The definitive biography of one of anthropology’s most controversial figures, Colin M. Turnbull.
“. . . It is hard to imagine reading this exhaustively researched, richly anecdotal, and provocative biography without being continuously engaged and even sometimes moved.”
George W. Stocking Jr., The New York Times Sunday Book Review
“In the Arms of Africa shows [Roy Richard Grinker] to be a patient, compassionate inrepreter of a complex and often puzzling life. . . . What Roy Grinker’s book dramatizes is the degree to which there were many Turnbulls, even more than the two who appear through the pages of his most famous books. The temptation of biography is to enforce narrative unity on the aleatory movements of a human life; though this is a temptation to which Grinker occasionally succumbs, the overall effect of In the Arms of Africa is to reveal a man who confirms the juxtaposition of his two best-known books — that each of us is as much a product of context as an underlying self.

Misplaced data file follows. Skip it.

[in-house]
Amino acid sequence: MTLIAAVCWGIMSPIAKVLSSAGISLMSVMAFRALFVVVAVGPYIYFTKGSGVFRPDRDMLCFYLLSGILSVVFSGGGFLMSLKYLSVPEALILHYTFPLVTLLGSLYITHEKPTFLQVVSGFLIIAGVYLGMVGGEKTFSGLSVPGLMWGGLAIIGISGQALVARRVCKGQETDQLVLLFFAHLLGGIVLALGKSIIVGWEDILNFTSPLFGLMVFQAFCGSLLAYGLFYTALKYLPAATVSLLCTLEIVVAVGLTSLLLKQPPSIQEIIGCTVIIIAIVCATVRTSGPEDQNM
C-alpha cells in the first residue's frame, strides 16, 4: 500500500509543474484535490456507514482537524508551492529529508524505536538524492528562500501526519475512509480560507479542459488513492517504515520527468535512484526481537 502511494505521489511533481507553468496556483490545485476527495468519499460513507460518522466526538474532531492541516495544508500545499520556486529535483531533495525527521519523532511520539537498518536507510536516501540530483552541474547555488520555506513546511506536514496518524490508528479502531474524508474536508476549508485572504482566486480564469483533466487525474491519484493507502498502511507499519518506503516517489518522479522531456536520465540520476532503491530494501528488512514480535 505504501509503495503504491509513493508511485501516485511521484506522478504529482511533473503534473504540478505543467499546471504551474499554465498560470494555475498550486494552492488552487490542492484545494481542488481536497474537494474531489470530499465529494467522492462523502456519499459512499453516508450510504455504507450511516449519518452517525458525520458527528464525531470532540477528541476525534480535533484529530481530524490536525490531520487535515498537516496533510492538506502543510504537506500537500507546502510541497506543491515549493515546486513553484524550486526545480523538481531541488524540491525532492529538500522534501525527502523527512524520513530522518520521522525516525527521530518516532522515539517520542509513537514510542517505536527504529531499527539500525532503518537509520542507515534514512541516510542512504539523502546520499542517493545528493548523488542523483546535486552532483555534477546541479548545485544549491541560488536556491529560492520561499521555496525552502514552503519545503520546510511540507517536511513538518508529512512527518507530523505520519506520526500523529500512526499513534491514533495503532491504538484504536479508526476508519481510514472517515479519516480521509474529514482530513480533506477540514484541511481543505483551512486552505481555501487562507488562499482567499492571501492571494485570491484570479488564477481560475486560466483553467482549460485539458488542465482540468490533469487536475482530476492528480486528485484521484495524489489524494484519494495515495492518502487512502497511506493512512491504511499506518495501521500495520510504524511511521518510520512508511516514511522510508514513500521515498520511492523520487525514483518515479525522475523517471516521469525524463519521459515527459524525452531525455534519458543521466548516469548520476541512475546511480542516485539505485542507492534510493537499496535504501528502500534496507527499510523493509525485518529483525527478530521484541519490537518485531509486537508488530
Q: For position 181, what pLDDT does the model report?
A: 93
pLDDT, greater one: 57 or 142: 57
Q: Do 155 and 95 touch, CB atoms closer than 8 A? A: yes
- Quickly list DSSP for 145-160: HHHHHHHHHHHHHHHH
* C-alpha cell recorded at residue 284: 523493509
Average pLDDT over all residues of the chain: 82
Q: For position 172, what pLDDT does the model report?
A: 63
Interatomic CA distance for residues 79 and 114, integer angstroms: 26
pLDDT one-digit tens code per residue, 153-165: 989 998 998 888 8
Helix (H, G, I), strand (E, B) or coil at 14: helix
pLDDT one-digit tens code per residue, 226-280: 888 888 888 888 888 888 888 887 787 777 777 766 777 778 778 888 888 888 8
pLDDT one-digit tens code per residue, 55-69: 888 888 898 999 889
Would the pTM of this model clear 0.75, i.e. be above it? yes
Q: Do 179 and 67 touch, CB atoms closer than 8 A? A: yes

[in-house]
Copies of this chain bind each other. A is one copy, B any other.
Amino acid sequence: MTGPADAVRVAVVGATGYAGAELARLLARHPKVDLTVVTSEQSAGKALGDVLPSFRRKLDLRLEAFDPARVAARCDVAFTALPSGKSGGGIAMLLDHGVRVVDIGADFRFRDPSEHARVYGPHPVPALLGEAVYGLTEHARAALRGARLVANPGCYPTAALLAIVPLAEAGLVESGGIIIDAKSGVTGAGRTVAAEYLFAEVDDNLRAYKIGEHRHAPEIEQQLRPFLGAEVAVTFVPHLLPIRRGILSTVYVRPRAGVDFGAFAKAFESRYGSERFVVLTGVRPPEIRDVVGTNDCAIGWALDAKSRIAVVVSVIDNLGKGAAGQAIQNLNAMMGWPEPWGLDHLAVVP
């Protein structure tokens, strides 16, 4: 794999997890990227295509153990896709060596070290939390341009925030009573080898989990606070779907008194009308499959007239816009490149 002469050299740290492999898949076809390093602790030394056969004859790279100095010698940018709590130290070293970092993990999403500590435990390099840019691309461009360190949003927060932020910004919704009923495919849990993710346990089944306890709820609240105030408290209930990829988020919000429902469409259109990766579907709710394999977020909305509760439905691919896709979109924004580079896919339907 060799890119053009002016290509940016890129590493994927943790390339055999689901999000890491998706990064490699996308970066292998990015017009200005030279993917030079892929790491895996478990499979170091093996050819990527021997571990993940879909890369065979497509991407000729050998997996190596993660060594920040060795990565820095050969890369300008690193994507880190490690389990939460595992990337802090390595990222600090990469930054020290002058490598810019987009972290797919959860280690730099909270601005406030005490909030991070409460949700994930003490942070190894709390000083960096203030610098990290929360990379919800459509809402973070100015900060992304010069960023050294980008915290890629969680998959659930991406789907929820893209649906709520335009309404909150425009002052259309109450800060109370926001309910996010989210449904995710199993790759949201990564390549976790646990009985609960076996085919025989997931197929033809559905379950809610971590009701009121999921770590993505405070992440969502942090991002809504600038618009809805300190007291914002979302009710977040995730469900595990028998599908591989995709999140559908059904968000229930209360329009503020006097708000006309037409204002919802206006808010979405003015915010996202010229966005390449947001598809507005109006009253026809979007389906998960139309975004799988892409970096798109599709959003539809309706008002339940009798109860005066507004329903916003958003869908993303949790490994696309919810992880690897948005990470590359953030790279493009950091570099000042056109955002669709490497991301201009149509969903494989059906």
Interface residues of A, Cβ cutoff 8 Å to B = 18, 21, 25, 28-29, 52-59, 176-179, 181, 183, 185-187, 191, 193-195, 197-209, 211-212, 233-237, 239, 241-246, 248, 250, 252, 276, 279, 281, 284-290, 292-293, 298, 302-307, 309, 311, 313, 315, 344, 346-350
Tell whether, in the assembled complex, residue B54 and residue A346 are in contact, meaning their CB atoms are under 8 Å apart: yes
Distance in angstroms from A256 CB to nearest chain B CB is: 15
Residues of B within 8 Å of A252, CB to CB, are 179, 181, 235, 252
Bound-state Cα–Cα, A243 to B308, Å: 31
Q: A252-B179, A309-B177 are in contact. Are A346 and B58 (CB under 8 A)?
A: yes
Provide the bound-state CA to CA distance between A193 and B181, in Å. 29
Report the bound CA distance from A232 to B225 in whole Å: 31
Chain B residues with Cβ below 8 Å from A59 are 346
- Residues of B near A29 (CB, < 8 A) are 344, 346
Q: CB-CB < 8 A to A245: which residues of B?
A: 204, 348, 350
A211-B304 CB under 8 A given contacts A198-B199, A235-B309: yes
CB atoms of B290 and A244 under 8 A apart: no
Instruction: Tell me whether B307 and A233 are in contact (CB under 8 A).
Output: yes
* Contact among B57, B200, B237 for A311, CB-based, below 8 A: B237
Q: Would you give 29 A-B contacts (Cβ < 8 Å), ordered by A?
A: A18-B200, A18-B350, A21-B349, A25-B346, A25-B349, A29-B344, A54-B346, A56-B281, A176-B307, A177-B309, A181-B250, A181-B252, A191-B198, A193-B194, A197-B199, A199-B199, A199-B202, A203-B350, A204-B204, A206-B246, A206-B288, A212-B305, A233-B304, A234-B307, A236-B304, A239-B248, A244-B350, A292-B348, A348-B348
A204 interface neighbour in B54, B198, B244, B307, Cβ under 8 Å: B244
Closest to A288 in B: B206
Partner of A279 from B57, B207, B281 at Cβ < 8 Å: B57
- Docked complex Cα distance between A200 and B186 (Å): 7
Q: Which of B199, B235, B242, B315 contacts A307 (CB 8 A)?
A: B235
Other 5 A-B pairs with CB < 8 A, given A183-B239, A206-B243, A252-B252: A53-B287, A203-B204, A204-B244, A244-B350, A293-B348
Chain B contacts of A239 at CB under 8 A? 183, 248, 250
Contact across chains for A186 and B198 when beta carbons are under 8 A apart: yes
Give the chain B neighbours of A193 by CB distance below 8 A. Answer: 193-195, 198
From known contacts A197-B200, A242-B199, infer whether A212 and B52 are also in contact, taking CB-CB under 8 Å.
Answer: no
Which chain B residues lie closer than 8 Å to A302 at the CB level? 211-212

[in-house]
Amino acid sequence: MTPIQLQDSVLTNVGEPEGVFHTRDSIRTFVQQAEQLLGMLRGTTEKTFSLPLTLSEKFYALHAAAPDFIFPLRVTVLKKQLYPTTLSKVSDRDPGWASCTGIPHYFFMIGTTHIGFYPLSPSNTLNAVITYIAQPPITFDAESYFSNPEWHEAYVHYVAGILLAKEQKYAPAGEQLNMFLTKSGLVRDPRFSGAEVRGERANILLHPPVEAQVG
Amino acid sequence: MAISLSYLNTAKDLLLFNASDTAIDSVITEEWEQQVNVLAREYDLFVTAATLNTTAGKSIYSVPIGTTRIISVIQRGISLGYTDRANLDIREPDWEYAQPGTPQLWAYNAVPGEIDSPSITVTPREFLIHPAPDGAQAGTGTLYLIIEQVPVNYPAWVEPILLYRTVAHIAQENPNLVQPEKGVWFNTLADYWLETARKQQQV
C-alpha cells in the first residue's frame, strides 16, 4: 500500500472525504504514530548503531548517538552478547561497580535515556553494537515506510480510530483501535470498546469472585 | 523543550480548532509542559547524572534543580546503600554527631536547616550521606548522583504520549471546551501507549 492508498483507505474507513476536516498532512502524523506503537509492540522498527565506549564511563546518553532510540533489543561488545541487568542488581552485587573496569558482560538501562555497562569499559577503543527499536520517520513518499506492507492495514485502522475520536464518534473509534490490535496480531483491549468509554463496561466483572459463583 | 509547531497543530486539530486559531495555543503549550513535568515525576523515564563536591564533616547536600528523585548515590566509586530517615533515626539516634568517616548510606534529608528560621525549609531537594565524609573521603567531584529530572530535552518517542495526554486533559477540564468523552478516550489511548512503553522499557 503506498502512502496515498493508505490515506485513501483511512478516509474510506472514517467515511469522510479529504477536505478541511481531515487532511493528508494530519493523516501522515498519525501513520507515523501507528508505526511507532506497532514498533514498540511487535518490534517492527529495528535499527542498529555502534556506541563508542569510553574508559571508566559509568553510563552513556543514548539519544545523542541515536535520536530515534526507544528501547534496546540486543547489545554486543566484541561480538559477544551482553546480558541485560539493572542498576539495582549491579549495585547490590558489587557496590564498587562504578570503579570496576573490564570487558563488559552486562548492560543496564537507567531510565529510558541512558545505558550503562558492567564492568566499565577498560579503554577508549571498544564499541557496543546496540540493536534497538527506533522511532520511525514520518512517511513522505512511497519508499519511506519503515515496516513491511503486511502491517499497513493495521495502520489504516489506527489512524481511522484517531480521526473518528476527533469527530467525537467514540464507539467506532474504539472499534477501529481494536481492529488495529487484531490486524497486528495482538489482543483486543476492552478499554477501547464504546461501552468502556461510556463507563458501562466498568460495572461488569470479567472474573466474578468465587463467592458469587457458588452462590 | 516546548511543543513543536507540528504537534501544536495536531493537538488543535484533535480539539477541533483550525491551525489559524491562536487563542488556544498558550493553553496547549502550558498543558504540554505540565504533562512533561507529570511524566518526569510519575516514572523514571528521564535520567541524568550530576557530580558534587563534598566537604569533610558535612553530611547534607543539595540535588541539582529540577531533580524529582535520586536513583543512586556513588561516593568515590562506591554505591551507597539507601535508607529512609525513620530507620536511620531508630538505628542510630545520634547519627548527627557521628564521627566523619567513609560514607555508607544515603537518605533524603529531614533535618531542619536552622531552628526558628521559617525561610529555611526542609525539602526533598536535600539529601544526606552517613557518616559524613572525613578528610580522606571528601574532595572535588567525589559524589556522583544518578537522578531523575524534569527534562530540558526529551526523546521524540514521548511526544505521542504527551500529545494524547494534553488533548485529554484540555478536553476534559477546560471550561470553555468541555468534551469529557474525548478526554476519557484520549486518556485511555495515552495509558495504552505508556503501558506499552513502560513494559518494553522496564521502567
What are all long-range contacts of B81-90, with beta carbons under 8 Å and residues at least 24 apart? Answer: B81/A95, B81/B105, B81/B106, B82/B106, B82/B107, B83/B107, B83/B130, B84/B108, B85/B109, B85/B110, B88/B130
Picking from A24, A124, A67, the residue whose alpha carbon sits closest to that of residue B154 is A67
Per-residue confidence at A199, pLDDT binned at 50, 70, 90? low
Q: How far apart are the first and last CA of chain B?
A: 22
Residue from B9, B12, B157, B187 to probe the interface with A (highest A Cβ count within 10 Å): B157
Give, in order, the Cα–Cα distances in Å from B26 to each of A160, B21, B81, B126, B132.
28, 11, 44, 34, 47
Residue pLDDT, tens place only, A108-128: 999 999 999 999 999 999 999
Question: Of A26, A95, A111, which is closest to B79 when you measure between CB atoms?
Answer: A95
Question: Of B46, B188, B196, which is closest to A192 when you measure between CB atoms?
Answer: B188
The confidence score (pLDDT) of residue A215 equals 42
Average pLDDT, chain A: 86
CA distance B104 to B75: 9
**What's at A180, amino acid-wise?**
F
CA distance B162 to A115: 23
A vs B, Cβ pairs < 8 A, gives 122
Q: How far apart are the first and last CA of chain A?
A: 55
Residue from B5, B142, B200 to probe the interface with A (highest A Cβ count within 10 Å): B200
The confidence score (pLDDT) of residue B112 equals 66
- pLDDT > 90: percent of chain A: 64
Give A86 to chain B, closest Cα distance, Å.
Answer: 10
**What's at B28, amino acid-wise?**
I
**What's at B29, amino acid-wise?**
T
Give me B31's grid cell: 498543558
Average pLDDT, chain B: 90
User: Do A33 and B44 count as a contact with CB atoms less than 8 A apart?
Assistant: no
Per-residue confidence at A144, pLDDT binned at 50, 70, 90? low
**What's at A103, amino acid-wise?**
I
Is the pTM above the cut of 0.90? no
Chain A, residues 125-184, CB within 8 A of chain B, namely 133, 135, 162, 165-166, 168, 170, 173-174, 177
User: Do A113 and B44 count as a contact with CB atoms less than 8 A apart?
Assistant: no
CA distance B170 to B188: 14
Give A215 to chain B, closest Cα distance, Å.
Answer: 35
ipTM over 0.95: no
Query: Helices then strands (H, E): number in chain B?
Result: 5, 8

Kwame Anthony Appiah,, The New York Review of Books
“Colin Turnbull is one of the most fascinating figures in 20th century culture and in Richard Grinker he has found a biographer who is both unflinching and compassionate enough to capture his rich complexity. Moving with extraordinary grace from the intimate to the epic, Grinker tells a vivid love story that is also a gripping intellectual voyage. This is biography at its very best, unfolding a unique life while also illuminating the twisted relationship between the developed world and so-called primitive societies.”
Fintan O'Toole, The New York Daily News
Hands down, A sympathetic and deeply moving biography. . . the resulting memoir is a love letter, but a nuanced one. Turnbull comes across as brilliant, sensitive, and charismatic, yet often cruel and distant, a scholar passionately devoted to social justice yet blind to his own power . . . Unlike Grinker’s earlier works, In the Arms of Africa is no scholarly treatise. Passionate and often erotic, it is a page turner, much like The Forest People itself.